The Anglican Bridge

What are the wider implications of the new Apostolic Constitution Anglicanorum coetibus? Firstly, we should consider the effect on ecumenism. It is a popular past time to throw dirt at ecumenism. Catholic triumphalists trumpet the truth of the Catholic faith and denigrate discussions with Protestants. They point out the false premise, the artifical cameraderie, and the fickleness of our ecumenical partners.Its true that the ecumenical movement is not without its faults, but it is also not without its accomplishments. Through the ecumenical movement Catholics and Protestants really have learned from one another. Progress has been made in many ways that has trickled down to the popular level.

People are saying that the old ecumenism is over. In a sense this is right. Through the new Apostolic Constitution Rome is following up her warnings with action. For over a decade now the Vatican has had a consistent message to the Anglican Church, and the message can be summed up as, “Please don’t do that. It puts yet another obstacle in the path of Christian unity.” Time and again the Anglicans have gone ahead anyway. They’ve gone ahead with women priests, with women bishops, with ordination of homosexuals, homosexual ‘marriage’ etc. etc. Now Rome has acted and with Anglicanorum coetibus, directed the ecumenical journey in a radical new direction. No doubt the old style ecumenical meetings will continue, but they will lack urgency. The partners will lack motivation. It is as if the Catholic Church has sent a butler with a bell into the hall where the pre prandial cocktail party was going on to announce that dinner is served. The drinks are over. Dinner time has begun. Are you coming in to dinner or not? You may stay and chat over drinks if you like, but what’s the point?

While the old ecumenism may be over I prefer to think instead that the ecumenical journey has reached an important and unexpected milestone. The ecumenical adventure may actually be far more exciting in the future than the journey so far.  We are focussed on the troubles within Anglicanism, and we sometimes forget that the rest of Protestantism is struggling with the same conflicts. It is said that ‘where Anglicanism goes the rest of the Protestants soon follow.” The Lutherans, Methodists, Baptists and free Evangelicals are all battling over the same issues of modernist theology and relativist morality. What will happen to them?

I  believe that the new Anglican Ordinariate will eventually become a bridge into full communion with the historic Church for Protestants of many different backgrounds. Many Catholics do not realize that there are large numbers of Evangelical Christians who look very longingly at the historic liturgical churches. They hold to the historic faith, but they want to belong to a historic church. They admire Catholic liturgy and spirituality. They admire the global reach of the Catholic faith. They admire the Pope and the modern Catholic saints. However, for many of them the step into the Catholic Church is still a step too far.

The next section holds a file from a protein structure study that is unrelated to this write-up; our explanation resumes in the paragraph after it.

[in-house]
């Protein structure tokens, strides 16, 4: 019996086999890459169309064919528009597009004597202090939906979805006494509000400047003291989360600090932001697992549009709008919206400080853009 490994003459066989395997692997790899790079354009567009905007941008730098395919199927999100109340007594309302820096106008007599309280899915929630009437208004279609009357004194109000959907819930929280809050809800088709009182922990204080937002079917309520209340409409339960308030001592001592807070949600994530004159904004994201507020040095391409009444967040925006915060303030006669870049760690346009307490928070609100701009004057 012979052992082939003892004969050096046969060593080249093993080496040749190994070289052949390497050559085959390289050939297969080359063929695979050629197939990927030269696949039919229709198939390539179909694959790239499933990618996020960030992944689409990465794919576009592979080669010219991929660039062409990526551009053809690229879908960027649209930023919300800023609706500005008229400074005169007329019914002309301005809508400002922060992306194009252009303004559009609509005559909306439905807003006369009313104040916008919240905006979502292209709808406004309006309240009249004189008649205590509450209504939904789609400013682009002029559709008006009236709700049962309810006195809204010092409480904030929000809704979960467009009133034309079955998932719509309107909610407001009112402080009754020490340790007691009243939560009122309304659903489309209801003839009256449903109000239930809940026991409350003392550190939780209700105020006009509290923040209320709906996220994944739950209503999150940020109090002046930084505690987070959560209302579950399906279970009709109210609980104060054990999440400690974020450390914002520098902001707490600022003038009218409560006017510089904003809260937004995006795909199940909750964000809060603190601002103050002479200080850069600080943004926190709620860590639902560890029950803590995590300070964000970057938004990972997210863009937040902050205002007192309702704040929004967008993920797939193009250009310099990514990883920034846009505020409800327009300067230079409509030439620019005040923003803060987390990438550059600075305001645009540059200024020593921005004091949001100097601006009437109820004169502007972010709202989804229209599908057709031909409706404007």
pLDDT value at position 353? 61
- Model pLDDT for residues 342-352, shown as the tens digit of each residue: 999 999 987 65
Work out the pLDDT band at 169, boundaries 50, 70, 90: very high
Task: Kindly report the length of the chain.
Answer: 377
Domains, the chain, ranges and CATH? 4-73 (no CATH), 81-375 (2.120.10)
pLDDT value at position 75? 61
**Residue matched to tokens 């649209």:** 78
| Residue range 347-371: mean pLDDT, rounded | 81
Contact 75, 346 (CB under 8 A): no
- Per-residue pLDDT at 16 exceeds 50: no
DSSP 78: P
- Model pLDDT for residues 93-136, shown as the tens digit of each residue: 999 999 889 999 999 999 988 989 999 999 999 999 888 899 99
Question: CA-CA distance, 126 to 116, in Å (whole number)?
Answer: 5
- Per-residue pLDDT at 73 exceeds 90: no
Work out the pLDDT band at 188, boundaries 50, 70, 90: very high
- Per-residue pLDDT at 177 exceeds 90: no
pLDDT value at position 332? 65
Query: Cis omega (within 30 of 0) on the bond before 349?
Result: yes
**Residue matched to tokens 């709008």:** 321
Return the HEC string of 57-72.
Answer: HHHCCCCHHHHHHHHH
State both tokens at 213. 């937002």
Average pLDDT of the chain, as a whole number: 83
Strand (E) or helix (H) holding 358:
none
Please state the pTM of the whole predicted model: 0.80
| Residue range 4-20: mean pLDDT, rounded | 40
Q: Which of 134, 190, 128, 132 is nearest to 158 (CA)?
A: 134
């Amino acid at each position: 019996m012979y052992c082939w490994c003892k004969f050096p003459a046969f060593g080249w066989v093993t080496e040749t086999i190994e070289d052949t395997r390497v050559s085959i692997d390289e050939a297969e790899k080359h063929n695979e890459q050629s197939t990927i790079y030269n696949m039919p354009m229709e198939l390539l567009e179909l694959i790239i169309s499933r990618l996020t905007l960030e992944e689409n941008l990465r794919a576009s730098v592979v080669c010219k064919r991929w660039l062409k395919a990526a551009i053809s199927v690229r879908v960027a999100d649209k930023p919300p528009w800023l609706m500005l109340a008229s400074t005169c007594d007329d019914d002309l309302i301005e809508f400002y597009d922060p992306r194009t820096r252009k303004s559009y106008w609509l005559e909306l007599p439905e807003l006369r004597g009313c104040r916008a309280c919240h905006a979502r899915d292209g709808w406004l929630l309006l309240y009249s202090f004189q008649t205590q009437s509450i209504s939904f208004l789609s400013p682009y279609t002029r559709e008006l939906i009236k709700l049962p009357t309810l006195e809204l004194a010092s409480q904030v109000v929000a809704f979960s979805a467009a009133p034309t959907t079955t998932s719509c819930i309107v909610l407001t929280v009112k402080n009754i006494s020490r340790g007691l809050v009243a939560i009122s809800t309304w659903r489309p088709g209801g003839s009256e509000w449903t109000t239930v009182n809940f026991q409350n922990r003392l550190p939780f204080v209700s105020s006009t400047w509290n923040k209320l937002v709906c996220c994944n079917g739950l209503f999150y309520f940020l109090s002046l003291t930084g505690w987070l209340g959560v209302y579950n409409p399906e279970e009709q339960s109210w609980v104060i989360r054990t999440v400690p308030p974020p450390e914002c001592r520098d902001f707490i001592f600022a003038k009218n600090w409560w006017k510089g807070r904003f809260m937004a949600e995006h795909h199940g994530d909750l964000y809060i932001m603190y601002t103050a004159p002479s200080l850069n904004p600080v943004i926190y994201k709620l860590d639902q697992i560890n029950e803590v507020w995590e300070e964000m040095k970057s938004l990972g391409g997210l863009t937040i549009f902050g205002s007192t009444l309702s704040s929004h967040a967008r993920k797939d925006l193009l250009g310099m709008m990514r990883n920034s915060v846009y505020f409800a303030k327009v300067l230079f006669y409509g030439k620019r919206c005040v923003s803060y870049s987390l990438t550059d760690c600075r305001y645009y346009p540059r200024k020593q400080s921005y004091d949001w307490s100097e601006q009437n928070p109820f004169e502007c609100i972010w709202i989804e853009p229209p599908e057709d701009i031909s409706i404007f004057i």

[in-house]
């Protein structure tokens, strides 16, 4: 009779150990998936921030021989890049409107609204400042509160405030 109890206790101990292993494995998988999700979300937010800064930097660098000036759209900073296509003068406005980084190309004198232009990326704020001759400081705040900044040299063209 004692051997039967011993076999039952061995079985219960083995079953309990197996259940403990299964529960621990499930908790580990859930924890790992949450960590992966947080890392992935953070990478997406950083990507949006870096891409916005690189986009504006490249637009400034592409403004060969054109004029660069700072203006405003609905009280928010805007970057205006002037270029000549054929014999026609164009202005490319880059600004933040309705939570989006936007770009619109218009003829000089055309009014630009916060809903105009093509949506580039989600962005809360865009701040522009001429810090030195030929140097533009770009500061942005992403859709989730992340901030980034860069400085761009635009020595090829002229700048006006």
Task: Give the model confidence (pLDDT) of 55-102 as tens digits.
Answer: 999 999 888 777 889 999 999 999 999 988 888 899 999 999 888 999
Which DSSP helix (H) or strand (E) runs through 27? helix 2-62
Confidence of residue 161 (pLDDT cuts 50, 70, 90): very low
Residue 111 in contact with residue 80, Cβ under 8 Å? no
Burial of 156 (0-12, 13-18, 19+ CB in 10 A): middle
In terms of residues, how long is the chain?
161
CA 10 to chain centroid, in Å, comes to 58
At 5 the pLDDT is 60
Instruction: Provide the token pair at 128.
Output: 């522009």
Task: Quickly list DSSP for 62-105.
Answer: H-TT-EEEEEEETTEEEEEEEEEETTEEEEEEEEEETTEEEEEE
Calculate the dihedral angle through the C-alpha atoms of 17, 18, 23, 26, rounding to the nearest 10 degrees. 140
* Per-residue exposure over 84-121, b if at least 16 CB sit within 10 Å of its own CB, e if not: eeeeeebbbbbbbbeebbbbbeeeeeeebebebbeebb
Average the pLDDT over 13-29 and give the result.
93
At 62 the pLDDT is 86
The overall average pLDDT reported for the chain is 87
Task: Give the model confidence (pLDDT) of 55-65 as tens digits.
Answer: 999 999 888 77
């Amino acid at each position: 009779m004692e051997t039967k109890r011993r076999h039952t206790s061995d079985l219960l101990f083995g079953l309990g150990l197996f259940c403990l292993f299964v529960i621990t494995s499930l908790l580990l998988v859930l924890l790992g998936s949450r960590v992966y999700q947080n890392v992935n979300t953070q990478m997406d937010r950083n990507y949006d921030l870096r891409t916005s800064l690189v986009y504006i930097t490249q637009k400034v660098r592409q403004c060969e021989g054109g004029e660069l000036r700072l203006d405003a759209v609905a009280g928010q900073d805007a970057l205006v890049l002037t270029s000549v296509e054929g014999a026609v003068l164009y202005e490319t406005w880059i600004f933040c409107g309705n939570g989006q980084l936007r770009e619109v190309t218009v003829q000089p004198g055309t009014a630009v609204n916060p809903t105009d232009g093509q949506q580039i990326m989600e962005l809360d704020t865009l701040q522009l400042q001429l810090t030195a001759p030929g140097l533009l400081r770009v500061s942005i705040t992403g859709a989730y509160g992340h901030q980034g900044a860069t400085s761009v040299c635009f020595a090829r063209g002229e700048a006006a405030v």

If the Anglican Ordinariate can include ‘broad church Anglicans’ as well as Anglo Catholics, then these other Protestants may also find a way to ‘come home to Rome.’ Of course they will need to be catechized. They will need to accept the whole of the Catholic faith, but they will find it easier to do that within an Anglican setting.

Therefore, what the ordinariate will really provide is not only a bridge across the Tiber for Anglicans, but an Anglican bridge across the Tiber for many others of our separated brethren.

  • PlainCatholic

    We agree with your assessment. Plain Catholics have been approached by those drawn to the plain and simple life, yet in good conscience cannot ascribe to the Mennonite nor Amish theology. These same people were also put off by the glamorous trappings of some who call themselves Catholics yet are drawn mightily to the Catholic Faith's teachings on the Real Presence and the holiness of our modern day saints. In that sense, Plain Catholics have become a bridge for those who struggle with these notions. Thank you for your wonderful assessments of the situations to hand.

  • Tito Edwards

    My personal prognostications were somehow the Lutherans, Methodists, and others would eventually reunite, but long after the Orthodox have.I just didn't imagine it along the lines of an Anglican Ordinariate!Now the possibility of a Lutheran Ordinariate, Methodist Ordinariate, etc looms on the horizon. At least a hope of future reunion.But let's see how our separated Anglican brothers in Christ come along with this new Apostolic Constitution. A lot depends on how receptive they are and how much action they take to return to Rome.

  • Agnes

    I am a convert to the Catholic Faith from the Episcopal communion and I greatly enjoy your blog. I love my Latin rite parish and enjoy studying Catholic theology. But I miss the Book of Common Prayer. The closest Anglican-use church is Texas. I'm in Minnesota. A bit of a commute for the daily Eucharist. sigh.

  • Chad Toney

    Agnes, Kansas City, MO is closer! With the Anglican Use at 11:15 on Sundays at St. Therese Little Flower on Euclid, it might only be 6-8 hours away! peace.

  • Fr Longenecker

    Plain Catholic. I'm mightily intrigued by your website, your lifestyle and your choices. Where do you live? I'd love you to drop me a line by email. I would like to learn more.You do know that Longenecker is a Mennonite name and that the Amish and Mennonite blood runs deep in my veins.

  • Victor

    Dear Father Longenecker,I completely agree with you. If I remember correctly, then Cardinal Ratzinger once speculated about the possibility of a Patriarchate of Wittenberg for the Lutherans reunited to the catholic faith. So I was not at all surprised about our Holy Father's move. If I just could remember where I read this…